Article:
The CPP is faced with the strategic dilemma of continuing a politically dead-end course of a protracted armed struggle or pursue the possibilities of the parliamentary arena. The attacks on Akbayan are evidently aimed at preparing the ground for the latter. The applicable Marxist tactical term here is “directing the main blow against the secondary target.”

Unfortunately (or perhaps fortunately) for Akbayan, it is now classified in the same league as the Lavaites in the late 1960s–the principal obstacle to be removed so that there is only one Left group standing. Unfortunately (or perhaps fortunately) for those in the CPP who opt for the parliamentary struggle, the current state of Philippine democracy allows their meaningful participation.

Unfortunately (or perhaps fortunately) Akbayan had already blazed the trail towards meaningful Left participation in the parliamentary struggle. Anak ng Akbayan.

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The proclamation of 29 new party-list representatives, probably with three more later, basically reinforces the same set-up in the House of Representatives. Most of the new ones will be part of or are part of the traditional political leadership in the country, albeit with some sectoral facades.

It is not expected to produce reform legislation, much less the radical reforms contemplated to address the grave crises of the nation. If at all, the increase will make it harder to undertake reform legislation because of the greater number of conservative legislators who need to be convinced of it.

What is new in Congress is the presence of new political forces to include those from the far Right and from the far Left. It is interesting to note the dynamics that will ensue. As early as the first day of the Supreme Court announcement of its decision on the inclusion of 32 new party-list representatives, retired general Jovito Palparan became the target of both human rights advocates and Left condemnation.

Many pending legislations will be affected: charter change, land reform extension, human rights, party-list amendments, and others that are politically cotroversial. Of course, most of these will be overrun by the looming 2010 elections.

The latter–in itself–will be affected greatly, particularly the party-list elections. It is expected that the number of voters in the party-list system will increase significantly, fueled by the possibilities opened by the Supreme Court decision. With no threshold to speak of, a huge number of applicants, in addition to the current long list of registered party-list groups, will try to enter these elections. It is particularly tempting to those who have considerable organized political base. However, this should be tempered by the expected stricter Comelec registration process.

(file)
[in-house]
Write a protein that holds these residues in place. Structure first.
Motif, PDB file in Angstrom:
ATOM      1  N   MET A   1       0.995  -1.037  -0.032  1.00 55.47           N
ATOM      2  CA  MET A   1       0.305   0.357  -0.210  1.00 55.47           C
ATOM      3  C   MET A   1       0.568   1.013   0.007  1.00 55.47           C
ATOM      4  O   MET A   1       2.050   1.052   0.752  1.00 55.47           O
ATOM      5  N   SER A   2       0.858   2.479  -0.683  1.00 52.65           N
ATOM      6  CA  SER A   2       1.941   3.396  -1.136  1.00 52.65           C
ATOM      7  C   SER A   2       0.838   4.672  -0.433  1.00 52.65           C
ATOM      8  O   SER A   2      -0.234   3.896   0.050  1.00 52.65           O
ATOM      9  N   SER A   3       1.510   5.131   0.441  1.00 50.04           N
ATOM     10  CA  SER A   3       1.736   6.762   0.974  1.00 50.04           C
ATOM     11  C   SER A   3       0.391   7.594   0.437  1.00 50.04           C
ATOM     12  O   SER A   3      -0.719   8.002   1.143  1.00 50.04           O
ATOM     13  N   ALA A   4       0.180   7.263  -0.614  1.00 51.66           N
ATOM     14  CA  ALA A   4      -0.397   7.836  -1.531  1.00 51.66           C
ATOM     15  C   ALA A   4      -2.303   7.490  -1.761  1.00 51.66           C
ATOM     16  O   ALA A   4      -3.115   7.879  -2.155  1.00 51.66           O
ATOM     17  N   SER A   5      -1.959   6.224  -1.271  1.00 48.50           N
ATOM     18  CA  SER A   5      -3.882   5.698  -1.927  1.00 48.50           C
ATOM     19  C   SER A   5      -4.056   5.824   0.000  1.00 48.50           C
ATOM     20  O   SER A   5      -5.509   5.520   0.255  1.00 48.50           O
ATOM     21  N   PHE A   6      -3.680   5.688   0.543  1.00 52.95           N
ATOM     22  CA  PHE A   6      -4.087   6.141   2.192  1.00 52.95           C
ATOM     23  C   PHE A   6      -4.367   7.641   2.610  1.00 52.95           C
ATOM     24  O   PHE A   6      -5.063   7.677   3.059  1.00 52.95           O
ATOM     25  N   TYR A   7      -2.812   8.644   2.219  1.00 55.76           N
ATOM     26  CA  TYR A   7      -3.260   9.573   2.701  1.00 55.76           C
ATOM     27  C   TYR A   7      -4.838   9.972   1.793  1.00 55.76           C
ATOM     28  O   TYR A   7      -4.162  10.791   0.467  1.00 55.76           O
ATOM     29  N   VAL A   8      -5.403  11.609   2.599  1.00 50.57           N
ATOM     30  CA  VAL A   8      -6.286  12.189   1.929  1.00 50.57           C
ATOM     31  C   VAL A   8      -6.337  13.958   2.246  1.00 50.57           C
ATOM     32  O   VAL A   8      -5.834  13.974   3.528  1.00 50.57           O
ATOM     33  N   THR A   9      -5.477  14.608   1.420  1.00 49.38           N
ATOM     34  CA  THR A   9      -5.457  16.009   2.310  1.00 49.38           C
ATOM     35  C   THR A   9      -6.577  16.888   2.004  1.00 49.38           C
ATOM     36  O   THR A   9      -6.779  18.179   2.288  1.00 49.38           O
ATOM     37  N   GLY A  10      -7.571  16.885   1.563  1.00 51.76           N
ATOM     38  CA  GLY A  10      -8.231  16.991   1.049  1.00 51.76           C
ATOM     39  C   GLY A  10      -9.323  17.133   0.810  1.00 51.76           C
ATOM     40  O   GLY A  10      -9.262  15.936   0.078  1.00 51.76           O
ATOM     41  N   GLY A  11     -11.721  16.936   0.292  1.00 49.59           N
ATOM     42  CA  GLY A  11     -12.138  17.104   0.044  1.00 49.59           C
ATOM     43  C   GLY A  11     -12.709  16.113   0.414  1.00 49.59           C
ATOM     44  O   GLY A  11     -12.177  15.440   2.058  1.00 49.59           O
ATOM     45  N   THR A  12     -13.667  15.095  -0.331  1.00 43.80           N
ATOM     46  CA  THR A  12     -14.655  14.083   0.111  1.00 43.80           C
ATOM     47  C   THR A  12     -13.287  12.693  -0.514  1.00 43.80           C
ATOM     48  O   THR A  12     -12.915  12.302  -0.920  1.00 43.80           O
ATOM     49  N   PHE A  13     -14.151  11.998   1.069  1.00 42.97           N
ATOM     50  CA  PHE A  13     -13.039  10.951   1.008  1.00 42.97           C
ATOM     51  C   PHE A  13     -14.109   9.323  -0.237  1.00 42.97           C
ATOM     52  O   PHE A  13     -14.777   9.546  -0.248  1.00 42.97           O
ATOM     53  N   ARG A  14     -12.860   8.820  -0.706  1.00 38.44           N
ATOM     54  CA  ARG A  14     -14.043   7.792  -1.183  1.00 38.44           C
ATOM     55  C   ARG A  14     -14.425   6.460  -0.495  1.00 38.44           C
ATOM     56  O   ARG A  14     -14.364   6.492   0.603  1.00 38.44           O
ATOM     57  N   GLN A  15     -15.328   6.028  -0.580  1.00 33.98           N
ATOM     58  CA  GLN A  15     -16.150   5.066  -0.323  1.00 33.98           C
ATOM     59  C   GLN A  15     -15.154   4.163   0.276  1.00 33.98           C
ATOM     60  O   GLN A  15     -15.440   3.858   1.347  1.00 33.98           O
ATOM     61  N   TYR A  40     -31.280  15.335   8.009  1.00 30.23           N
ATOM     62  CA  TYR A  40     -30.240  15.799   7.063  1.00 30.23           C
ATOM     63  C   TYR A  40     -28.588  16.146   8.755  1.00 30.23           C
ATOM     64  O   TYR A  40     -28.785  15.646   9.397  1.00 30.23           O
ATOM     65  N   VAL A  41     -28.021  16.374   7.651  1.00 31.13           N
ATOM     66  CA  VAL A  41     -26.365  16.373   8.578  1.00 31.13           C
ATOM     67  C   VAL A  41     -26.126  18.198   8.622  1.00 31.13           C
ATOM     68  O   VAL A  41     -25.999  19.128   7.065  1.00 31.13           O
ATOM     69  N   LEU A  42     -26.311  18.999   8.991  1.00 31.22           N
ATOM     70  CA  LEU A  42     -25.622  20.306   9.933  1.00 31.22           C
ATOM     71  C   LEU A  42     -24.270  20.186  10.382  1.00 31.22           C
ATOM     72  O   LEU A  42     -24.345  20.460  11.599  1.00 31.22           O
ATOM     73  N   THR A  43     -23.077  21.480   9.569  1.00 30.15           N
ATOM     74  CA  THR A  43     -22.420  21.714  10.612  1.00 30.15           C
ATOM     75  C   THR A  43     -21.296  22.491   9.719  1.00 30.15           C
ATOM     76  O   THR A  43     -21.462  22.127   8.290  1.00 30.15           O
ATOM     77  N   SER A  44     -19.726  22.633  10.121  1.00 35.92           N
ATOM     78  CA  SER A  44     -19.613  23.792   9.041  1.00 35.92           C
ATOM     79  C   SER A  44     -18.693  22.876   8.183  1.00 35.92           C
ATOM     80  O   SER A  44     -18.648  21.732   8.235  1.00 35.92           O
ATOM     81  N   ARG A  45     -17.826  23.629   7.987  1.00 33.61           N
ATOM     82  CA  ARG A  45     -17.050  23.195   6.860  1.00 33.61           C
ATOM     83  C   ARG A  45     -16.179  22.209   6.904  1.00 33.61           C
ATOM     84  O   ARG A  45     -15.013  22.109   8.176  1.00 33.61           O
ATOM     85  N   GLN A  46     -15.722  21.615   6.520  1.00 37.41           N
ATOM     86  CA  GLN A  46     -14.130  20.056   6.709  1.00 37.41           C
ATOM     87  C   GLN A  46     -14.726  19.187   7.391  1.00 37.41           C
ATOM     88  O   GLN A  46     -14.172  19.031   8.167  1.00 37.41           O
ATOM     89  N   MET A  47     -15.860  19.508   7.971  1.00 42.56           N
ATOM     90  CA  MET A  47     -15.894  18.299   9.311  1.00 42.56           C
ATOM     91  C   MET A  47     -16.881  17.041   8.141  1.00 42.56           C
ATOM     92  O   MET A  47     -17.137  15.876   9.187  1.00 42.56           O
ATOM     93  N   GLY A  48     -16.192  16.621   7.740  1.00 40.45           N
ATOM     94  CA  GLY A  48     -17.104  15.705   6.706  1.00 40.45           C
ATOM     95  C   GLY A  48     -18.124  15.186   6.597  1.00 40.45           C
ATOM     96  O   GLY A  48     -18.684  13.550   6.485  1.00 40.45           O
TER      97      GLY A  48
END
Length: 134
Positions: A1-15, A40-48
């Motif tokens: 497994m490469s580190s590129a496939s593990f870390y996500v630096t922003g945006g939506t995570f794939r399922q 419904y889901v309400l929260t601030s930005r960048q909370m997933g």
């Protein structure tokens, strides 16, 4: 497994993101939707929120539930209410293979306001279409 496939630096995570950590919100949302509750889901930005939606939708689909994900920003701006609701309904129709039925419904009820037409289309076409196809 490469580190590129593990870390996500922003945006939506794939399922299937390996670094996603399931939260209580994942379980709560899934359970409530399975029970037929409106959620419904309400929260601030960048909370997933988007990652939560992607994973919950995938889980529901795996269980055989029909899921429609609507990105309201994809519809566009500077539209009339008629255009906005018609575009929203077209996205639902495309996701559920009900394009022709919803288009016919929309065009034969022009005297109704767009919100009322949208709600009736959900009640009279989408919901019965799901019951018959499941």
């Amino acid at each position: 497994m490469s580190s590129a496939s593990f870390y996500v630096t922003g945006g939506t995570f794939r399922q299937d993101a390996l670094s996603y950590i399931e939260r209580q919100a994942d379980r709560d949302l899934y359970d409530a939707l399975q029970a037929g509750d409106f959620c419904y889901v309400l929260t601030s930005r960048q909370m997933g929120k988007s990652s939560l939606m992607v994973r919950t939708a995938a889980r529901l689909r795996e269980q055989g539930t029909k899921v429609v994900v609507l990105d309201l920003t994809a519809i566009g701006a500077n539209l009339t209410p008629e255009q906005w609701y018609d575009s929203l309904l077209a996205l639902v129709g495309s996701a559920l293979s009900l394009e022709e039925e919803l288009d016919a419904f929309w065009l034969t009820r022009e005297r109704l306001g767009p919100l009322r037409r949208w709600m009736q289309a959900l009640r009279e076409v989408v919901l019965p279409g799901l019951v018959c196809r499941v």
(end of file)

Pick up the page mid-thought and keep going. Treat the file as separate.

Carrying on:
What the whole thing amounts to is that, failing the passage of necessary reform amendments to the 15-year old party-list law, the 2010 party-list elections will be a circus of traditional politics, interspersed with weaker ideological politics and some religious ones.

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The Supreme Court struck down the 2-percent threshold requirement for party-list representation into the House of  Representatives as unconstitutional. The decision is immediate and executory. With this single act, the highest court has thrown into turmoil the politics of the lower House.

The progressive implications are the following: 1) A substantial block can be formed among genuine party-list groups critical for reform measures; 2) More than ever, sectoral groups from marginalized and underrepresented sectors will have the incentive and higher chances of entering Congress; and 3) Premium will be placed on the quality and cohesiveness of the organized constituency of aspiring party-list groups.